Alfred Russel Wallace is well-known for his co-discovery of the principle of natural selection. Natural selection is usually considered a process, but it is not clear that Wallace regarded it in exactly these terms. In fact he more likely thought of the relationships involved as representing what we would now term a “state space,” a negative feedback loop wherein populations are maintained at healthy levels through elimination of the unfit. Both before and after the advent of natural selection Wallace clung to the idea that “more recondite forces” were shaping the nature and direction of evolution; this is especially evident in his treatment of incipient structures, and continuing allusions to the probable existence of extenuating local influences on process. In this work the history of these leanings is detailed, in the hope that Wallace's overall position on evolution may be better understood.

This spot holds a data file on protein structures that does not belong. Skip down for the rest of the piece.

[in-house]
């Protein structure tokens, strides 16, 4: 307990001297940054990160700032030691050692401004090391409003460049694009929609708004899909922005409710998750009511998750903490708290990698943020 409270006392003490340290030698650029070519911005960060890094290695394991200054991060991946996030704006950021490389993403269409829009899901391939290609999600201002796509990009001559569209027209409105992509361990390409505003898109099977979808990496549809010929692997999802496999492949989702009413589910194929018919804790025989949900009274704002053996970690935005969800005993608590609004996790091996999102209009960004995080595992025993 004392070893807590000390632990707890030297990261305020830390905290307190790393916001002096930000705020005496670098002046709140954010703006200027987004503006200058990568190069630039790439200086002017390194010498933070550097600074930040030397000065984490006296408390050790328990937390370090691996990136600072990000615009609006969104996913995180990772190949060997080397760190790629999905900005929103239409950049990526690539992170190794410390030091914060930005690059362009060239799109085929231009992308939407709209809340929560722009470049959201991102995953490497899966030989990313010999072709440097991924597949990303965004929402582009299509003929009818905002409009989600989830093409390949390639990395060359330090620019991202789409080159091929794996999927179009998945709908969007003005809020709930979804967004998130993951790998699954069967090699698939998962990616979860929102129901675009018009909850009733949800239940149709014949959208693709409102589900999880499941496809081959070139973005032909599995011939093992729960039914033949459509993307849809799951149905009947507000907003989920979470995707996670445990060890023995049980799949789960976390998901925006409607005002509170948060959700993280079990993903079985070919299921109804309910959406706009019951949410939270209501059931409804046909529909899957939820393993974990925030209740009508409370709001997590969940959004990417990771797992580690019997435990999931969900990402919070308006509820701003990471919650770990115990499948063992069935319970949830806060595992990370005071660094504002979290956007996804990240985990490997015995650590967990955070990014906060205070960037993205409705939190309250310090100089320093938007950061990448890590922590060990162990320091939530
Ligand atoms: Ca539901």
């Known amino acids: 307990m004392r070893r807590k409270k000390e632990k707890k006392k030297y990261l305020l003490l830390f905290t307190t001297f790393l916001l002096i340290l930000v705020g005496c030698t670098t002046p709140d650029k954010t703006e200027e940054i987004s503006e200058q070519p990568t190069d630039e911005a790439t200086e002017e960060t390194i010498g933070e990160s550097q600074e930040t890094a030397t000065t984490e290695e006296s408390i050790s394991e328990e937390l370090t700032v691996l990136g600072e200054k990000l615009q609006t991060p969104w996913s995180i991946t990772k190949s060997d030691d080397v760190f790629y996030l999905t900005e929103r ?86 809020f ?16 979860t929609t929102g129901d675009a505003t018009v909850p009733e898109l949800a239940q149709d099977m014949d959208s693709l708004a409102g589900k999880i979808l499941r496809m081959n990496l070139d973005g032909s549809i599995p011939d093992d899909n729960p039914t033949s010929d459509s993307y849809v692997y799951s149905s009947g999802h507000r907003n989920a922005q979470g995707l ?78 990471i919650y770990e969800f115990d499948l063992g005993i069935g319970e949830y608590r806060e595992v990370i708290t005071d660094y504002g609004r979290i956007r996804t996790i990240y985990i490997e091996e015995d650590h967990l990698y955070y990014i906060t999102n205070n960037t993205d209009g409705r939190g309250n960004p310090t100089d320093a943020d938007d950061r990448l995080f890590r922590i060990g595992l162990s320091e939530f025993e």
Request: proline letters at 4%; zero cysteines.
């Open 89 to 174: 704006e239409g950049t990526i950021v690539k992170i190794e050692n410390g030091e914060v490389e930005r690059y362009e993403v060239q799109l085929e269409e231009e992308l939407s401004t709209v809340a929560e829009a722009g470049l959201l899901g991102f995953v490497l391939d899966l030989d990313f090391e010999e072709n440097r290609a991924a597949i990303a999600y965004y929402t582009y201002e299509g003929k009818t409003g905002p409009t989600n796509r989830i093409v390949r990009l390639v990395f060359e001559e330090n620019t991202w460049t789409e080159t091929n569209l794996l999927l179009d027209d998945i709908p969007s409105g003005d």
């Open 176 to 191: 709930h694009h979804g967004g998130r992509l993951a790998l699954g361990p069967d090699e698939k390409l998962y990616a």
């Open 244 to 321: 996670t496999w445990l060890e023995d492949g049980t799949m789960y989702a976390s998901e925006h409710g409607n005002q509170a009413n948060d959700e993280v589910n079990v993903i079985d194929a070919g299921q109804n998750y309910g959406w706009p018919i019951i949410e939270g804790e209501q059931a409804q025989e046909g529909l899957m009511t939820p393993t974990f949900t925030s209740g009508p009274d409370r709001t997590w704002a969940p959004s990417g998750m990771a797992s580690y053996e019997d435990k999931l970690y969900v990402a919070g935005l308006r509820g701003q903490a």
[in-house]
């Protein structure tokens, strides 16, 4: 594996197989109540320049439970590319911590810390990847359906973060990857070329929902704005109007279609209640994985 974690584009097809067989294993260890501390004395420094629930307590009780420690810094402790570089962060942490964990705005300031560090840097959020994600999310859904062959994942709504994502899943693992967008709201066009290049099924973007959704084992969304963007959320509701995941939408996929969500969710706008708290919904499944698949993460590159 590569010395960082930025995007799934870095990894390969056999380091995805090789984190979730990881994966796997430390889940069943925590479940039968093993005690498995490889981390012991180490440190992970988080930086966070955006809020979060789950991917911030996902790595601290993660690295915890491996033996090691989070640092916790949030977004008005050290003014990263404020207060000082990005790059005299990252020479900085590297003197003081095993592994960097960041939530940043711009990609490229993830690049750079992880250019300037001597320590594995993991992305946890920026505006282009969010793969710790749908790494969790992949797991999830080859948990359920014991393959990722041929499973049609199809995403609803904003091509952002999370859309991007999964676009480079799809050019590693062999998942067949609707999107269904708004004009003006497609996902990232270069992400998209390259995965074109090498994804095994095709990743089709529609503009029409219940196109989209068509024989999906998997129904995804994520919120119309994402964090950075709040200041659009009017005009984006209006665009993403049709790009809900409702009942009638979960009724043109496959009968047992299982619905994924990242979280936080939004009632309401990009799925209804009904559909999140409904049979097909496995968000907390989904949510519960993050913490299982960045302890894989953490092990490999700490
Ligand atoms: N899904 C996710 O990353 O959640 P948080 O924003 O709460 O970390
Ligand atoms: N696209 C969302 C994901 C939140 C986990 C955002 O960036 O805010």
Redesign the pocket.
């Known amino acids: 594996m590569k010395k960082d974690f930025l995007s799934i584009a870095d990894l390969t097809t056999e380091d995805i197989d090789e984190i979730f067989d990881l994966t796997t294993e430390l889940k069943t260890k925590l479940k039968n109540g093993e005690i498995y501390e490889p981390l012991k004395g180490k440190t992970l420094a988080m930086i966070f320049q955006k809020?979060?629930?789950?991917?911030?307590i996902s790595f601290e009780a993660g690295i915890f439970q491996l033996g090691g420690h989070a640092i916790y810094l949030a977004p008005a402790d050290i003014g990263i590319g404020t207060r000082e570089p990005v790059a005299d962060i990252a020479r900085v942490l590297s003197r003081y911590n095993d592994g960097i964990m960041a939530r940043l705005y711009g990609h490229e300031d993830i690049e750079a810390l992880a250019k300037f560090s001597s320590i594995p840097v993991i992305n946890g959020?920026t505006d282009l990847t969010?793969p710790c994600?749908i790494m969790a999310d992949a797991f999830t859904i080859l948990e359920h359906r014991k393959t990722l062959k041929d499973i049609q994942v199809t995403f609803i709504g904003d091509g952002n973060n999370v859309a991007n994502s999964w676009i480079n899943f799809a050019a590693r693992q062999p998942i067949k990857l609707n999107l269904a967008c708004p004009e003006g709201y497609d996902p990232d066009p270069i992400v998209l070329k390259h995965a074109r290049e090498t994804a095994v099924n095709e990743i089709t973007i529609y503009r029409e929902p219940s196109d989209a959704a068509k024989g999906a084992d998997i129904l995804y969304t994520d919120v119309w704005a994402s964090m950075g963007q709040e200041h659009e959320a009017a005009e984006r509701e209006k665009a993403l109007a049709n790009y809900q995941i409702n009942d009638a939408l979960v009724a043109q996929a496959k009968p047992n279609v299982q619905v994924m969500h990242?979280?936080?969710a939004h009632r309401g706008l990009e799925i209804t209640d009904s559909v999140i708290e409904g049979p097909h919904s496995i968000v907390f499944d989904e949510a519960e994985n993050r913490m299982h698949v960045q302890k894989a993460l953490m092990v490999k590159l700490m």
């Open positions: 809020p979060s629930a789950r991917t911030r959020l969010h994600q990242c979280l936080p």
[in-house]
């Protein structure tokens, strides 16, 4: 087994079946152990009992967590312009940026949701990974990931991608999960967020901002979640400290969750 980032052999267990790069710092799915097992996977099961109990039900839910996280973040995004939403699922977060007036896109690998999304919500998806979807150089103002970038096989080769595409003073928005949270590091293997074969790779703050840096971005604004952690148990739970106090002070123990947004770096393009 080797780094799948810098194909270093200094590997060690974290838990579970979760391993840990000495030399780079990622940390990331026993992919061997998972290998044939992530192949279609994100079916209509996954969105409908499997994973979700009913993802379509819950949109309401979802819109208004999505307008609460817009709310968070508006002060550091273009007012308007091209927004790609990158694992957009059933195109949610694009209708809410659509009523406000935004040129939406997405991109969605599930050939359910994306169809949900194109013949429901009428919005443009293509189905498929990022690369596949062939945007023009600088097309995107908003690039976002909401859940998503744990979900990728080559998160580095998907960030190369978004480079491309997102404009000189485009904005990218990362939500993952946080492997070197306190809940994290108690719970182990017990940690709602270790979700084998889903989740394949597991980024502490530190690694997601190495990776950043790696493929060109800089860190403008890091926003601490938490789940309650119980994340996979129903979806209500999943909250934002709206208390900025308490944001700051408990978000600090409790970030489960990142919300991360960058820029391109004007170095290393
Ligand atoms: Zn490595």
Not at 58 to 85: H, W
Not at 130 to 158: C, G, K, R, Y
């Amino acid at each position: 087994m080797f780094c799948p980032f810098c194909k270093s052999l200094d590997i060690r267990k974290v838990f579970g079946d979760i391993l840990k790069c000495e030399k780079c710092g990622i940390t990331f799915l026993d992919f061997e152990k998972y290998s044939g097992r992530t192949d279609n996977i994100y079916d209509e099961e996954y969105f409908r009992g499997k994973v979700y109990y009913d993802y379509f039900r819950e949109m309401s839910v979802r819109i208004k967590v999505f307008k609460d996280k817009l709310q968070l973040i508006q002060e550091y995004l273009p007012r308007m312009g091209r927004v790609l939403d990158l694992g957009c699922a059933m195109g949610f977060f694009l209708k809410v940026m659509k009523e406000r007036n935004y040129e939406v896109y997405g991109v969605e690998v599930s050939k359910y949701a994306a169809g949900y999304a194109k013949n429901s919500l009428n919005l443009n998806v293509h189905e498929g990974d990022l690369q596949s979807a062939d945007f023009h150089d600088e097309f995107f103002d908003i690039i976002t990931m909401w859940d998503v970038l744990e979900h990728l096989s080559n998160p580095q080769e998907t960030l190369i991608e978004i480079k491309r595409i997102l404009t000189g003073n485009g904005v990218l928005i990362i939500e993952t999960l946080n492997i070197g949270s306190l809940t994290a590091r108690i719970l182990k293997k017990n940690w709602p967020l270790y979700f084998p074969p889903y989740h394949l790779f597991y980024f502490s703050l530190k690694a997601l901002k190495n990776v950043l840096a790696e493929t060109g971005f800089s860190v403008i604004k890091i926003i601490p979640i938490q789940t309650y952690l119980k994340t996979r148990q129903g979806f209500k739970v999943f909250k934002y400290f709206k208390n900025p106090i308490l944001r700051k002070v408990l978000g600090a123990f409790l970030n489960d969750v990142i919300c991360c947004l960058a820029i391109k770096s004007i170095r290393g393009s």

Biodiversity | Earth Sciences | Ecology and Evolutionary Biology | Evolution
Recommended Repository Citation
Smith, Charles H., "Wallace and Incipient Structures: A World of "More Recondite" Influences" (2013). DLPS Faculty Publications. Paper 74.